Contribution of flash chemistry to green and sustainable synthesis

The concept of flash chemistry as a “field of chemical synthesis using flow microreactors where extremely fast reactions are conducted in a highly controlled manner to produce desired compounds with high selectivity” was firstly introduced by Yoshida [10]. Flash chemistry can be considered a new concept in both organic and sustainable synthesis involving chemical transformations that are very difficult or practically impossible to conduct using conventional batch conditions. With the aim to show how flow microreactor technology and flash chemistry could contribute to the development of a sustainable organic synthesis, very recent examples have been selected and will be discussed here. In the context of green chemistry [11], protecting-group free organic synthesis has received particular attention in the last years, because of atom economy [12-15] and reduction of synthetic steps [16]. It has been demonstrated by Yoshida that protecting-group-free synthesis could be feasible using flash chemistry and microreactor technology [17,18]. Recently, Yoshida and co-workers developed flash methods for the generation of highly unstable carbamoyl anions, such as carbamoyllithium, using a flow microreactor system [19]. In particular, they reported that starting from different substituted carbamoyl chloride 1 and lithium naphthalenide (LiNp) it was possible to generate the corresponding carbamoyllithium 2, that upon trapping with different electrophiles provided several amides and ketoamide 3(Scheme 1).

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Scheme 1: A flow microreactor system for the generation and trapping of highly unstable carbamoyllithium species.

The use of an integrated microflow system allowed the preparation of functionalized α-ketoamides by a three-component reaction between carbamoyllithium, methyl chloroformate and organolithium compounds bearing sensitive functional groups (i.e., NO2, COOR, epoxide, carbonyl) (Scheme 2).

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Scheme 2: Flow synthesis of functionalized α-ketoamides.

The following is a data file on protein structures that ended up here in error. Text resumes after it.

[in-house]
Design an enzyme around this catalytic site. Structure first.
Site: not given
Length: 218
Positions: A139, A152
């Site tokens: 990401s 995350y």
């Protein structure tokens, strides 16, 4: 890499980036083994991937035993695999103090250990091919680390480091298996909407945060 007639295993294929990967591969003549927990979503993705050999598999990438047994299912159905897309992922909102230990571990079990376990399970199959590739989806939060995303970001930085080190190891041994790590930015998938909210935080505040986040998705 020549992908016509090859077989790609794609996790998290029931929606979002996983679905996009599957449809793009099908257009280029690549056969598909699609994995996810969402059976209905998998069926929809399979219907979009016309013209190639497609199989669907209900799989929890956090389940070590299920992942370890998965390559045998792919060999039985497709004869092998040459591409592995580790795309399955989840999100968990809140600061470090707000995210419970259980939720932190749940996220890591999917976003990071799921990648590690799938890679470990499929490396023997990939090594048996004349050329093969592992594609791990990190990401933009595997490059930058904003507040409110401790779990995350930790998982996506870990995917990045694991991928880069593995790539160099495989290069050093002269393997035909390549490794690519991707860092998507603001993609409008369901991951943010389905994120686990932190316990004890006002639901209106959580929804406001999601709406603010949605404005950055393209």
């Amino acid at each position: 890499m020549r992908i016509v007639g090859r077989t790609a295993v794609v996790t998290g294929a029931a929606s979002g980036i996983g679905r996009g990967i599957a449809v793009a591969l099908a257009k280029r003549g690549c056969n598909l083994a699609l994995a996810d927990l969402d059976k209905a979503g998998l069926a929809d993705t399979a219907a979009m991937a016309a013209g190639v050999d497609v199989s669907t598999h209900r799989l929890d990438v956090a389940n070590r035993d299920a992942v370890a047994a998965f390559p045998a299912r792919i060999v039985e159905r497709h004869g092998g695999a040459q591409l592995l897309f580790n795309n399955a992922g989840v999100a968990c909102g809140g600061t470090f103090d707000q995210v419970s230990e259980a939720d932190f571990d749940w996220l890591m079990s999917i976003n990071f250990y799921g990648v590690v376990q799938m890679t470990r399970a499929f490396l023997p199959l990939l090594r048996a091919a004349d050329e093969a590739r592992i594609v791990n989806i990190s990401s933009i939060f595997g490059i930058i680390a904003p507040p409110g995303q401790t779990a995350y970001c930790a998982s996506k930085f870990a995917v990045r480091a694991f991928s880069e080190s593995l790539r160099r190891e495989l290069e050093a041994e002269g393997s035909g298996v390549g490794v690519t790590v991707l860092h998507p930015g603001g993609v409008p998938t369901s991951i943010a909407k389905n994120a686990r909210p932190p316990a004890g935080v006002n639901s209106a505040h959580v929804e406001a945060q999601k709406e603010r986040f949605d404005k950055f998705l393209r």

It should be stressed that this kind of sequential transformations are practically impossible to perform using conventional batch chemistry because of the incompatibility of sensitive functional groups with organolithiums, and because of the high chemical and thermal instability of the intermediates.

In 2015 Yoshida reported another remarkable finding on the use of protecting-group-free organolithium chemistry. In particular, the flash chemistry approach was exploited for generating benzyllithiums bearing aldehyde or ketone carbonyl groups [20]. This reaction could be problematic for two reasons: a) the competing Wurtz-type coupling, (i.e., the coupling of benzyllithiums with the starting benzyl halides); b) the nucleophilic attack of organolithium species to aldehyde or ketone carbonyl groups (Scheme 3).

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Scheme 3: Reactions of benzyllithiums.

The authors reported that the extremely fast micromixing avoided undesired Wurtz-type coupling [21,22]. It is well known, that competitive reactions can be controlled or even avoided under fast micromixing [23-27]. Moreover, high-resolution residence time control was essential for survival of carbonyl groups. In fact, this transformation can be achieved only with a residence time of 1.3 ms at −78 °C. Under these flow conditions, the aldehyde or ketone carbonyl moiety can survive the nucleophilic organolithium attack. Remarkably, the flow microreactor system allowed also the generation of benzyllithiums at 20 °C, rather than under cryogenic (−95 °C) conditions adopted with a conventional batch protocol. In addition, THF could be used in place of mixed solvents (Et2O/THF/light petroleum). Under the optimized conditions, the reactions of benzyllithiums with different electrophiles, gave adduct products in good yields (Scheme 4).

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Scheme 4: Trapping of benzyllithiums bearing carbonyl groups enabled by a flow microreactor. (Adapted with permission from [18], copyright 2015 The Royal Society of Chemistry).

Another useful aspect of the flash chemistry relies on the possibility to generate highly reactive intermediates, such as halomethyllithium carbenoids, that need to be used under internal-quenching technique in batch mode. In 2014, the first example of effective external trapping of a reactive chloromethyllithium (CML) has been reported [28]. α-Haloalkyllithiums are a useful class of organometallic reagents widely employed in synthetic chemistry. In fact, they allow the direct homologation of carbonyl compounds and imines leading to β-halo-alcohols and amines that are useful building blocks [29-31]. This work represents a remarkable example of flash chemistry, and has elements of sustainability considering that in batch macroreactors, in order to avoid metal-assisted α-elimination, in situ quenching, an excess of reagents, and very low temperature are required [32,33].